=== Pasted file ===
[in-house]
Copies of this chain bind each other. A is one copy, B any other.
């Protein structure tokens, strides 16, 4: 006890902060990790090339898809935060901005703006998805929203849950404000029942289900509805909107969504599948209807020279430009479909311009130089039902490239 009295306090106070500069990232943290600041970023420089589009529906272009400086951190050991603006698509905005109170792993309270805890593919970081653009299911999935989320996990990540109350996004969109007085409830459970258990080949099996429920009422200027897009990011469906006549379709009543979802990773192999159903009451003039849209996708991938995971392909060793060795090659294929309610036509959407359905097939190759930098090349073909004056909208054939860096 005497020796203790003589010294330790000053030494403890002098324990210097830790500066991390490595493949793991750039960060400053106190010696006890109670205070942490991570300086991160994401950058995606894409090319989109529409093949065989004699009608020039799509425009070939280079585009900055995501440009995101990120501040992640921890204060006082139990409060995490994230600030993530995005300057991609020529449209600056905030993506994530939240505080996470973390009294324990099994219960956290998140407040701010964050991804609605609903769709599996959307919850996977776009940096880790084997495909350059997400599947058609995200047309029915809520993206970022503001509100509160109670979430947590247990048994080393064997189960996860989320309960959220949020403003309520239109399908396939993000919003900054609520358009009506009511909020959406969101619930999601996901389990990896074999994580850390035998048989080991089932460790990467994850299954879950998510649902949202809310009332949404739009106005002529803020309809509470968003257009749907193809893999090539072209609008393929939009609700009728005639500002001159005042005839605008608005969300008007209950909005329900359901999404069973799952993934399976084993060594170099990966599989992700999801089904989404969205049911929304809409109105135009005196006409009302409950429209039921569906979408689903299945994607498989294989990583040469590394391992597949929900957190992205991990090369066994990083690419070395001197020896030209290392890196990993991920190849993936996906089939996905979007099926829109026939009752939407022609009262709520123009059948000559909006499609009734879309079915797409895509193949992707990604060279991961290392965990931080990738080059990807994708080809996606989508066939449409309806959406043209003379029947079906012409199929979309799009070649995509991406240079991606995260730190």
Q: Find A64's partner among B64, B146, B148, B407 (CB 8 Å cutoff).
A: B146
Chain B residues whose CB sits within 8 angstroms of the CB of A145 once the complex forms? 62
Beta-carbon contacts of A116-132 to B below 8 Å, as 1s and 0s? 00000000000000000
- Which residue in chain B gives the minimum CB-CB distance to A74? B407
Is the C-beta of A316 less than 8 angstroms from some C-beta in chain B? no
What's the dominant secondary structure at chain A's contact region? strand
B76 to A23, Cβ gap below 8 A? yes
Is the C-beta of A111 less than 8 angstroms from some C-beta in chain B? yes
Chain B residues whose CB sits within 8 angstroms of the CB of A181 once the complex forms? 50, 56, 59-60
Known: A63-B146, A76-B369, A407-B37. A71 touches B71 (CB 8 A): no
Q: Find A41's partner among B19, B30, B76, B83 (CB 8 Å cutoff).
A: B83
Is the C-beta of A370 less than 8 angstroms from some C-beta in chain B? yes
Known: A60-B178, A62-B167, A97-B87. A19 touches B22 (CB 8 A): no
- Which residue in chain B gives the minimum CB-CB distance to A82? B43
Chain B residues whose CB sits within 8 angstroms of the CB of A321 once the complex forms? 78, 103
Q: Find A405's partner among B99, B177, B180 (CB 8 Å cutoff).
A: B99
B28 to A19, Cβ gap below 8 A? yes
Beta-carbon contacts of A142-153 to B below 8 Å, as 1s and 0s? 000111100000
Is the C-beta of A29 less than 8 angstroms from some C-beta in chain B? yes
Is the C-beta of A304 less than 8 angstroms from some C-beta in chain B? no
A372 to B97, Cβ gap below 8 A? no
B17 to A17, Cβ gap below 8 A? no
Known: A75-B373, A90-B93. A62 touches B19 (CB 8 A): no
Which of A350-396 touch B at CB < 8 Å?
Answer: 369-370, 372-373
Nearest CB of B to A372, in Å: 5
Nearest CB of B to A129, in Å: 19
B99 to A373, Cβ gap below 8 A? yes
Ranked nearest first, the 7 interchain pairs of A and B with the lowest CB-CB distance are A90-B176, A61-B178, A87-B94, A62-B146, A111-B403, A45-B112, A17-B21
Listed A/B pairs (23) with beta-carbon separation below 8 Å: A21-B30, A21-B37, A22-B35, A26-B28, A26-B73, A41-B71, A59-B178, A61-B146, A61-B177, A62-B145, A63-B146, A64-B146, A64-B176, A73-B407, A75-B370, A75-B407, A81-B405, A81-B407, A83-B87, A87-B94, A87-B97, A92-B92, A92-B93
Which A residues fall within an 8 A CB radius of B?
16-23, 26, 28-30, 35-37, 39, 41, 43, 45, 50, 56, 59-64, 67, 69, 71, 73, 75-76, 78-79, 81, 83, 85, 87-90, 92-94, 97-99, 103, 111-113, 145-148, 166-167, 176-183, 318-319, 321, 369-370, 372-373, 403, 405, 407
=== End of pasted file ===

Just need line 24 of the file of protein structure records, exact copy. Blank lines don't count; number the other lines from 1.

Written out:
Beta-carbon contacts of A142-153 to B below 8 Å, as 1s and 0s? 000111100000